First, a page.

Prime Minister Gordon Brown was considered leader-in-waiting for years; in office he is dismissed as a ditherer, though few are nostalgic for the ‘decisive’ leadership his predecessor showed over Iraq. The US elections pit Messianic Youth against Experienced Maverick, respectively complemented by an ‘attack dog’ and a ‘hockey mom’, each embodying different qualities. The Boris versus Ken contest to lead London revealed a chasm in personal style, but few political differences. What does it take to lead in society today? Is it all about character rather than ideas? Rudderless Western societies seem to yearn for leadership, moral as well as political, to establish what we stand for, and where we are going. At the same time, the concept seems to have been downsized. Fashionable Leadership Studies diplomas imply it’s no more than a set of generic skills that can be taught irrespective of context, whether in politics, business or any other field. The mantras of a ‘knowledge society’ put a premium on novelty rather than substance, and fresh-faced pretenders often seem driven more by PR and opinion-polling than clear aims or ideals. Centrally-appointed ‘tsars’ and ‘champions’ leading task forces on school dinners or drugs seem less embodiments of principle than bureaucratic holograms.
Indeed, today’s political, corporate and cultural elites often seem to be leaders-in-denial. From boardrooms to cultural institutions, authority is ‘outsourced’ to ‘the public’, whose views are solicited at every opportunity. No TV programme is complete without the ‘text us your views’, and no institution can decide anything without ‘consultation’. The challenge to ‘elitism’ extends even to the idea that adults know better than children: the government’s recent Children’s Plan damns the traditional curriculum for being ‘dominated by content led by the teacher’. Do inclusive ‘Big Conversations’ symbolise a fresh, empathetic approach to leadership, or simply give faux legitimacy to isolated elites? Isn’t this ‘listening’ approach the antithesis of leadership? Where will vacuous leaders lacking ideals of their own take us?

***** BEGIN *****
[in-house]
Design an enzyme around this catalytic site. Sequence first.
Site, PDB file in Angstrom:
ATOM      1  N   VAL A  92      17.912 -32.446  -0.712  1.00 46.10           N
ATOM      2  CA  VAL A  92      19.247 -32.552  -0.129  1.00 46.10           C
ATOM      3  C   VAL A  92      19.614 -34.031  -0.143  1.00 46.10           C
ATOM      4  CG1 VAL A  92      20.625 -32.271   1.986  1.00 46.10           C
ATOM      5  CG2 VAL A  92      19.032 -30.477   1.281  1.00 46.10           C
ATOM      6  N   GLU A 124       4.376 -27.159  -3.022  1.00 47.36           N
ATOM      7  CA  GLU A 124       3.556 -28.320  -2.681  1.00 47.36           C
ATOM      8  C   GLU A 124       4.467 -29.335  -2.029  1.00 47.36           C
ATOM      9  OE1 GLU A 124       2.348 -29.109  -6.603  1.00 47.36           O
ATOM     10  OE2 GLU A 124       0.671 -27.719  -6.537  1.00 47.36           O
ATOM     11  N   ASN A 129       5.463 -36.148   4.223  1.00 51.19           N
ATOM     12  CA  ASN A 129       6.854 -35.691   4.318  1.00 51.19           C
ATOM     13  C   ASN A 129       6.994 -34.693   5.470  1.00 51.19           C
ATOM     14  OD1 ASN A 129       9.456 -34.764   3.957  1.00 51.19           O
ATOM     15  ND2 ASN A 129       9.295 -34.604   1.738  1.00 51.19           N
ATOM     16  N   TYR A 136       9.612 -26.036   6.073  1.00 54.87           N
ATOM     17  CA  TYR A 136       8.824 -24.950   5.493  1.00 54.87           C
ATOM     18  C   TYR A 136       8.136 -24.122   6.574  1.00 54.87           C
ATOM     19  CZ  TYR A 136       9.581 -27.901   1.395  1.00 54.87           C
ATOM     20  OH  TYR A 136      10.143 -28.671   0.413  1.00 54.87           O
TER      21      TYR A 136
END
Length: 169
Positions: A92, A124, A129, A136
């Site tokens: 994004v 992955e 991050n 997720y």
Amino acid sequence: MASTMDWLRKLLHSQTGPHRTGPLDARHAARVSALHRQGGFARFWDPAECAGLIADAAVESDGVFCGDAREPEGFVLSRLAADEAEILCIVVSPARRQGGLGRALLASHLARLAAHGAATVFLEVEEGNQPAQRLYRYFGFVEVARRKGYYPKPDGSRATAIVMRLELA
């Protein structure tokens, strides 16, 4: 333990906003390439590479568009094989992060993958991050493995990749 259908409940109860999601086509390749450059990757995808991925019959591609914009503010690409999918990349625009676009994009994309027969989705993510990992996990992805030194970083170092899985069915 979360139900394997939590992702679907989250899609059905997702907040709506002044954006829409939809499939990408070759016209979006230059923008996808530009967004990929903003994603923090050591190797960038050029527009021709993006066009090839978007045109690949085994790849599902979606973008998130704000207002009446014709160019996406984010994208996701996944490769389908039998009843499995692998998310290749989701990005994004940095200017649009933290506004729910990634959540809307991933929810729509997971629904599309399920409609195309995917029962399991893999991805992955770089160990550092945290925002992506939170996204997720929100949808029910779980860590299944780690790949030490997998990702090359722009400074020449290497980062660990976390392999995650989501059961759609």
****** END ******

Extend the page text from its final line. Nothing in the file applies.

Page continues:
Should we welcome the demise of hierarchical models of leadership, or does society need strong leaders to flourish? Must leadership imply deference to authority, or might it mean all of us taking responsibility and uniting around ideas to shape our own destiny? Is the current malaise about a lack of those ideas, or a lack of character?
editor, spiked; columnist, Big Issue; contributor, Spectator; author, A Duty to Offend: Selected Essays
Sir Roy Griffiths Professor of Public Sector Management, King's College London; director of MSc in Public Services Policy & Management; author, Review of Vocational Education - The Wolf Report
editor, Reader’s Digest; formerly editor, Sunday Telegraph; author, The Villa
director, Goodenough College; former major general, Commandant of Sandhurst; governor, Malborough College and Princess Helena College.
director, Academy of Ideas; panellist, BBC Radio 4's Moral Maze; author, I Find That Offensive
Neither Labour nor the Conservatives are offering the economic leadership they should.Economist, 27 September 2008
Mr. Fukuda’s decision was particularly unexpected because he took office last September as a veteran political insider widely counted on, after Mr. Abe’s hasty departure, to bring stability and restore the Liberal Democratic Party’s tarnished credibility.Martin Fackler, The New York Times, 1 September 2008
Can headteachers make a difference?James O'Shaughnessy, Peter Tymss, Jeff Searle, Daniel Moynihan & Alison Wolf, Policy Exchange, 2007
Peter Oborne, Simon & Schuster, 17 September 2007
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